The Pennsylvania Railroad was "standard" in another way. It was an early proponent of standardization. While other railroads used whatever was available, the PRR tested and experimented with equipment designs. When they found the right design, it became standard across the whole company. This gave the railroad a feel of uniformity, and it also reduced costs. This was unlike other railroads who purchased locomotives and railroad cars in small lots, taking whatever was available from manufacturers at the time. The PRR was also an early adopter of standard color schemes for their equipment.

Did You Know?

The Impact of the Civil War on the Altoona Railroad Shops:

The opening of the American Civil War in April of 1861 resulted in the Altoona shops repairing engines and furnishing cars to transport soldiers and munitions for the Union Forces. The Pennsylvania Railroad constructed entrenchments along certain sections of their track system and hired guards to protect bridges from Confederate saboteurs. When General Robert E. Lee moved the Army of Northern Virginia into Maryland in September of 1862, Pennsylvania Railroad officials ordered that all locomotives at Altoona be fired up and prepared to leave if Confederate forces moved north toward that city. Some forty locomotives with rolling stock were fired up and prepared to roll out, but the Confederate forces retreated south after the Battle of Antietam.

In June of 1863, Confederate forces under the command of General Lee marched north into Pennsylvania. Rumors circulated around Altoona that a Confederate raid on the railway shops soon would be launched. All work ceased at Altoona with the workers loading up most movable equipment and taking it to places of safety away from the advancing Confederate army. The railroad workers dismantled and packed heavy less easily moves equipment in preparation for evacuation in case Lee's advancing army threatened Altoona. Maintenance of Way crews began constructing fortifications around railroad property. General Superintendent of Motive Power Epoch Lewis selected a dozen men and stationed them along the southern border of Pennsylvania to observe Confederate troop movements and report these activities to the superintendent at Altoona. These scouts reported daily to two or three telegraph operators stationed by the telegraph line and they passed threse messages on to railroad officials. The withdrawal of Lee's forces after the Battle of Gettysburg allowed the Altoona shops to resume normal activities. The Pennsylvania Railroad in a demonstration of support for the Union cause promised to pay the families of men that enlisted in the army five dollars a week for three months.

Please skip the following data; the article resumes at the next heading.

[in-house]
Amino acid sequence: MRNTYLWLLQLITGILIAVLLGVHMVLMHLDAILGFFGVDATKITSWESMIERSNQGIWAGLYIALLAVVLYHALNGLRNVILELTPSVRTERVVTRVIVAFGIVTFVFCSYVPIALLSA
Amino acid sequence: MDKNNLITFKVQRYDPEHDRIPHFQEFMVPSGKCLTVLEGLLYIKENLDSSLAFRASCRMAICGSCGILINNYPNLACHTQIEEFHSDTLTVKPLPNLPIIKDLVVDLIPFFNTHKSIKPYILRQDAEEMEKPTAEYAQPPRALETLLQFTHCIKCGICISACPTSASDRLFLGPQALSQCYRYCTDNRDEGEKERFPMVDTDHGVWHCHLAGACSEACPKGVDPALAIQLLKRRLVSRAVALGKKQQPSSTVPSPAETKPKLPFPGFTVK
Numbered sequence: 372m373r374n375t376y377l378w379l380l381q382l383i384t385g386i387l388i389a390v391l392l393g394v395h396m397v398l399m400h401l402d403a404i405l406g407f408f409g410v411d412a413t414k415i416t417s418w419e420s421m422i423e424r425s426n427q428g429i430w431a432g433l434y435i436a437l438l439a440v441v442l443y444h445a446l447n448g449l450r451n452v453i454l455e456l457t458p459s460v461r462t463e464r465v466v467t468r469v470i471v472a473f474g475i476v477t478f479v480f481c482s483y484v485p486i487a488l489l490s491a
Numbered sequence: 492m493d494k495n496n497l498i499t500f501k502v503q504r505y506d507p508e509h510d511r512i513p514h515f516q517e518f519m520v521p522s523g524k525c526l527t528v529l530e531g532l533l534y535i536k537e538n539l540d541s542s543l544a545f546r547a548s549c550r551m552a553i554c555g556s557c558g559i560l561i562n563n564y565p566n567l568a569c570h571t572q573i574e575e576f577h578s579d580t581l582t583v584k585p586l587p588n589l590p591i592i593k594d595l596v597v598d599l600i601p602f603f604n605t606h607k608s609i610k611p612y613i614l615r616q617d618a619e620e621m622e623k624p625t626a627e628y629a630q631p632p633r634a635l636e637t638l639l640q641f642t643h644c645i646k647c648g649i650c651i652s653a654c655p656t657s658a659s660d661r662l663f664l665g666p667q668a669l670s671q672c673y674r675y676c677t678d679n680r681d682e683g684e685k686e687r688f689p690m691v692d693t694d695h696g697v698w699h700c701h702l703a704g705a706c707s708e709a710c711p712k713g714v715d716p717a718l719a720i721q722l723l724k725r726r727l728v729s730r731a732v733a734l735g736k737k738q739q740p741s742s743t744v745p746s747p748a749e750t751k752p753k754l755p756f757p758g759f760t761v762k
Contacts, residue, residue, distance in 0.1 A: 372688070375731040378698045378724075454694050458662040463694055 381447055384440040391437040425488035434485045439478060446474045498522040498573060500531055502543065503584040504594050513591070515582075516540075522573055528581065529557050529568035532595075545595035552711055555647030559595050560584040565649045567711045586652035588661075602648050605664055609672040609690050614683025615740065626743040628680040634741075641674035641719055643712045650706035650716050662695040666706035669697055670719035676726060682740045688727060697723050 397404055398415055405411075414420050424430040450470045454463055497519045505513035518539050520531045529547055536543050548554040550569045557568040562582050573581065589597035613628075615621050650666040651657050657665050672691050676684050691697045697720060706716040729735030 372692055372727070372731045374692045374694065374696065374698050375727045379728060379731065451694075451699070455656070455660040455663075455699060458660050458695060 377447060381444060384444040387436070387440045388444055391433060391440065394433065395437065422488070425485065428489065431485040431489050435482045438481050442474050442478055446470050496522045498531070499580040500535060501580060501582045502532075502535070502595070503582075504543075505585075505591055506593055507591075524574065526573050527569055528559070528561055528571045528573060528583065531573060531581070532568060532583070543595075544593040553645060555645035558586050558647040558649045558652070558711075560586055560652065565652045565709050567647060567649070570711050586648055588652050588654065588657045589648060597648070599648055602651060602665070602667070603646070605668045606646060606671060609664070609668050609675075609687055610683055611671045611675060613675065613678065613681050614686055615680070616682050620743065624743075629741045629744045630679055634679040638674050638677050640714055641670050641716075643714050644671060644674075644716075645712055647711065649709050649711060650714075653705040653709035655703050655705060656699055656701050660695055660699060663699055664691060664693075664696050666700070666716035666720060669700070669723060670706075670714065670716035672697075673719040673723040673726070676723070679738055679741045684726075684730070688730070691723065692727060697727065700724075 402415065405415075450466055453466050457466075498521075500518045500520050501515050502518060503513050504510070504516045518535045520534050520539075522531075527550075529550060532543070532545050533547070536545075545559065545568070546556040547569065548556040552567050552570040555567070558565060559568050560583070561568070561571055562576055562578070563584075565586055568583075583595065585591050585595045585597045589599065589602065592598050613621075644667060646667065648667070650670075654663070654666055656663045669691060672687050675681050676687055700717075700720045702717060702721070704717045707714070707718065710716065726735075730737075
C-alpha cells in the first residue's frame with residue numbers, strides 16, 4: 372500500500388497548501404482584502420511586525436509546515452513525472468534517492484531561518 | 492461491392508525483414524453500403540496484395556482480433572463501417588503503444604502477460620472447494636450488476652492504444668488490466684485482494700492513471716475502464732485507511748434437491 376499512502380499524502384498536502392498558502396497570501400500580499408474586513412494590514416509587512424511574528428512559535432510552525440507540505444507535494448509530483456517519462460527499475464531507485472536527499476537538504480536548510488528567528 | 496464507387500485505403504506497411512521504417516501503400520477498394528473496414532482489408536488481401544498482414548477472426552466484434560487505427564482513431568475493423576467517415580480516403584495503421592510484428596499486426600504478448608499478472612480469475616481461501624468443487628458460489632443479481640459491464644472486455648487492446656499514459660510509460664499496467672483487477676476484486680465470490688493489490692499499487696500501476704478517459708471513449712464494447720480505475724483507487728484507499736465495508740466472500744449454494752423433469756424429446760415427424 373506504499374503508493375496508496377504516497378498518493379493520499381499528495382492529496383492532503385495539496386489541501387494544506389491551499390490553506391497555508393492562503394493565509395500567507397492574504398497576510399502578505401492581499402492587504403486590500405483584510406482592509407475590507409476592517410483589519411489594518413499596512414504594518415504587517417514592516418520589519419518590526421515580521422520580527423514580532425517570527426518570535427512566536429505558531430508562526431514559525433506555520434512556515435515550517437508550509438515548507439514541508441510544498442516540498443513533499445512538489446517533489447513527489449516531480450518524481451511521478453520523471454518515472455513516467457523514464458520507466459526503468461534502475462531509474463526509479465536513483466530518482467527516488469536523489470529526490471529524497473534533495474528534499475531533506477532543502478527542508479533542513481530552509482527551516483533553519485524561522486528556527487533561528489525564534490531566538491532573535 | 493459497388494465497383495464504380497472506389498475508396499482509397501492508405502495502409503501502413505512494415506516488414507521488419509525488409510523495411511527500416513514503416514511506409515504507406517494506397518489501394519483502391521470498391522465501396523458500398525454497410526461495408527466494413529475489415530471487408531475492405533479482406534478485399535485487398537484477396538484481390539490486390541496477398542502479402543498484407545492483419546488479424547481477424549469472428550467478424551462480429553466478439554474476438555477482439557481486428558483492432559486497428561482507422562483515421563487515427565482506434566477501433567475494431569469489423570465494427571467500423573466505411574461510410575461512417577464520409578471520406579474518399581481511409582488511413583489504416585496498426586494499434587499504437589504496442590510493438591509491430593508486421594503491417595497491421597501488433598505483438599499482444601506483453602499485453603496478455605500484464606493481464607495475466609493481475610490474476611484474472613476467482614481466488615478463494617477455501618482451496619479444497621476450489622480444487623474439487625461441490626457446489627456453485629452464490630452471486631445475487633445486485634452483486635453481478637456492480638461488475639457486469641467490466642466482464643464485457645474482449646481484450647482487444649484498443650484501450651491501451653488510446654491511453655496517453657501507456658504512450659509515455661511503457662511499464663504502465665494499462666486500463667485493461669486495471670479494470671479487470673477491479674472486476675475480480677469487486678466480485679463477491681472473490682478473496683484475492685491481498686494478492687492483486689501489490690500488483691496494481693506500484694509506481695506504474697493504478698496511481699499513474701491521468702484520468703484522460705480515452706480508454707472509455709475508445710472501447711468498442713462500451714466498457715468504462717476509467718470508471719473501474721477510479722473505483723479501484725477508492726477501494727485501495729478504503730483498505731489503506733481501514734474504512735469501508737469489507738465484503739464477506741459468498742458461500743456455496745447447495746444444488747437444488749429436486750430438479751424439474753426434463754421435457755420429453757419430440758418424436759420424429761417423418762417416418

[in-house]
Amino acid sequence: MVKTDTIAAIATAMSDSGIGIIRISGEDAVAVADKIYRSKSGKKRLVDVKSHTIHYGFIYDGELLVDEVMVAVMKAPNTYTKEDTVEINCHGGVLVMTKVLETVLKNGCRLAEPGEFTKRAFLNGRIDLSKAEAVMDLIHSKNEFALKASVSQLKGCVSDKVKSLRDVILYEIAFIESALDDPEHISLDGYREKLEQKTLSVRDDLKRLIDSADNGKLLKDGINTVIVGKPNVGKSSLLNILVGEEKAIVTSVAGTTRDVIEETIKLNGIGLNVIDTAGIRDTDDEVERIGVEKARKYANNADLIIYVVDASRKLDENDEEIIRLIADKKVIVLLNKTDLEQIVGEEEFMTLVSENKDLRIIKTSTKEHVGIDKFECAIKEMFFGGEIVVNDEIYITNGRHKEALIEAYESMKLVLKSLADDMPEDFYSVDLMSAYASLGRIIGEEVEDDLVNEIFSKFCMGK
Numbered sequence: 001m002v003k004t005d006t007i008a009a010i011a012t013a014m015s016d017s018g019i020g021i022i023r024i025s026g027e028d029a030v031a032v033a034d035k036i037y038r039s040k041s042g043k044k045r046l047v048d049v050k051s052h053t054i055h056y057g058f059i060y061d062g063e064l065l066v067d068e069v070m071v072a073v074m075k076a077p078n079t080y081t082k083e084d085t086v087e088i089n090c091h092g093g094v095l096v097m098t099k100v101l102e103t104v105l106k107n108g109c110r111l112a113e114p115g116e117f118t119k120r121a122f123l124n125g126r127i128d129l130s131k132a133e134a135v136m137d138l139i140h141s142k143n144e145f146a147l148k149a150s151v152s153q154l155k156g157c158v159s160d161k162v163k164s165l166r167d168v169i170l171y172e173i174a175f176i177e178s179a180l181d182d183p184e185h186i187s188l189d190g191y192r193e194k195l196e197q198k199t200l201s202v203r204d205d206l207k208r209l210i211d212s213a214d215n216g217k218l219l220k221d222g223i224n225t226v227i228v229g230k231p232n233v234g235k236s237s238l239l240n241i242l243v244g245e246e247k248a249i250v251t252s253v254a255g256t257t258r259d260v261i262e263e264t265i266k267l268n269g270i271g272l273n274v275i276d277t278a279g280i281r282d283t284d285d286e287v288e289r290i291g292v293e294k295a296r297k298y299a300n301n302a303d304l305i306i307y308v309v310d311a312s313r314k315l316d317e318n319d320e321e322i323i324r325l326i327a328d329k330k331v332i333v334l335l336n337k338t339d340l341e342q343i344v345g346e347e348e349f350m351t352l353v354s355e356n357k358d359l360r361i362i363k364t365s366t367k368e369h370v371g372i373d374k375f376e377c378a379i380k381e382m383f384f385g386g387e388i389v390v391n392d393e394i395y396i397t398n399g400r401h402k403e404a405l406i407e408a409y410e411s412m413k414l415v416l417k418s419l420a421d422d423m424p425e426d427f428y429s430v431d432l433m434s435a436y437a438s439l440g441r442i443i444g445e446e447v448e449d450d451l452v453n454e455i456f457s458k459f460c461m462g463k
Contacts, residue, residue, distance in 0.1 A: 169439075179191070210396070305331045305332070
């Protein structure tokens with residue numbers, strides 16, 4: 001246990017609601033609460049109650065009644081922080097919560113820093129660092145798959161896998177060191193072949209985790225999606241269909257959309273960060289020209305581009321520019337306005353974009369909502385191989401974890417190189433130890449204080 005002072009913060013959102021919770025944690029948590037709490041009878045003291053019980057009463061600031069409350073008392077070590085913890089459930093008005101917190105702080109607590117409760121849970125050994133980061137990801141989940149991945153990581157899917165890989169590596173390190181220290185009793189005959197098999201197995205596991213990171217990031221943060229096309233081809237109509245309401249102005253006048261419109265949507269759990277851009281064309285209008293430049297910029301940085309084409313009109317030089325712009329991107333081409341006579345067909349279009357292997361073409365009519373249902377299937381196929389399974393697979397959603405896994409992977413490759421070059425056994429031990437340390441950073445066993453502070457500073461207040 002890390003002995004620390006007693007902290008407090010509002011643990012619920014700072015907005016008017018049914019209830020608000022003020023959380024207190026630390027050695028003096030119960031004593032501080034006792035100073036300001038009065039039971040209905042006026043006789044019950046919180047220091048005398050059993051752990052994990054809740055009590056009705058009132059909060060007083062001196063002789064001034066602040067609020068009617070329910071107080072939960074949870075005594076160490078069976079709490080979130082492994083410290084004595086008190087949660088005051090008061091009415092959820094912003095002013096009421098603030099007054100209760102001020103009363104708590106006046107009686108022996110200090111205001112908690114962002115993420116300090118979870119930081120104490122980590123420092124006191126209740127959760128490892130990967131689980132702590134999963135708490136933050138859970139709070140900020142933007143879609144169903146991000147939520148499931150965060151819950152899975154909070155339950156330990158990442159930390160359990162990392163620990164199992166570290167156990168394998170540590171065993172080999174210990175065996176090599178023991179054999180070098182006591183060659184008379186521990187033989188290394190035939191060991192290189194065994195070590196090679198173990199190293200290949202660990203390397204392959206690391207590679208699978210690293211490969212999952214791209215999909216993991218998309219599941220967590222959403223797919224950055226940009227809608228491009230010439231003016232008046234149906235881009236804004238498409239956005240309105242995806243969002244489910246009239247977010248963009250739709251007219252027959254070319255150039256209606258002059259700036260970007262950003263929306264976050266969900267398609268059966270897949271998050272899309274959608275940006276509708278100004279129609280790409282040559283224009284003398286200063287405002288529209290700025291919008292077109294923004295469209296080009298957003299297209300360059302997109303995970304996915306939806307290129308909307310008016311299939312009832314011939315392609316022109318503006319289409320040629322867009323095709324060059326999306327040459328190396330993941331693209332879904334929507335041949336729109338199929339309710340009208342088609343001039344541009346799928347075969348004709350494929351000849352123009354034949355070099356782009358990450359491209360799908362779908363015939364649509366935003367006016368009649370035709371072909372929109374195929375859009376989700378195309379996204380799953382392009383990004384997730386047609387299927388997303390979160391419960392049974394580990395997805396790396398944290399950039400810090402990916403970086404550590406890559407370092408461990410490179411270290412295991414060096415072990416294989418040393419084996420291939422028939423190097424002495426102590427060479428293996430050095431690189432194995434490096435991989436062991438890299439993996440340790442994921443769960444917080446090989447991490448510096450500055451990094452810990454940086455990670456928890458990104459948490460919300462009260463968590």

The Railroad Shops during World War II:

The entry of the United States into World War II in December of 1941 resulted in massive government contracts for the manufacturing of war related items. The Pennsylvania Railroad believed that the shops at Altoona could produce some of these items and by August 1942, forty men in the Altoona Works were engaged in work directly related to the American war effort. The war work included straightening armor plate for tanks, fabricating low pressure cylinders for marine engines, trimming press frames, manufacturing carriages for 400 millimeter guns, manufacturing parts for hot metal cars, repairing army locomotives, fabricating parts for bomber landing gears, machining castings for guns, and manufacturing parts for air compressors. In 1943, the Altoona Works did drop forging for Army tank trucks, machined cylinders for power presses, manufactured water cylinders, and made machine castings for a device to straighten bomber parts. Additional war work in 1944 included forging connections for tank treads, machining and assembling cinder cars, and forging locomotive parts. In 1945, the war work encompassed making flanging and pressurized boilerheads.



                      Juniata Shops Made Tremendous Record

This is an address given October 30, 1974 at the Mishler Theater in Altoona before the  Blair County Historical Society by John L. Parker, former manager of the PRR's Altoona Works. Taken from the Altoona Mirror. A WORTHWHILE READ: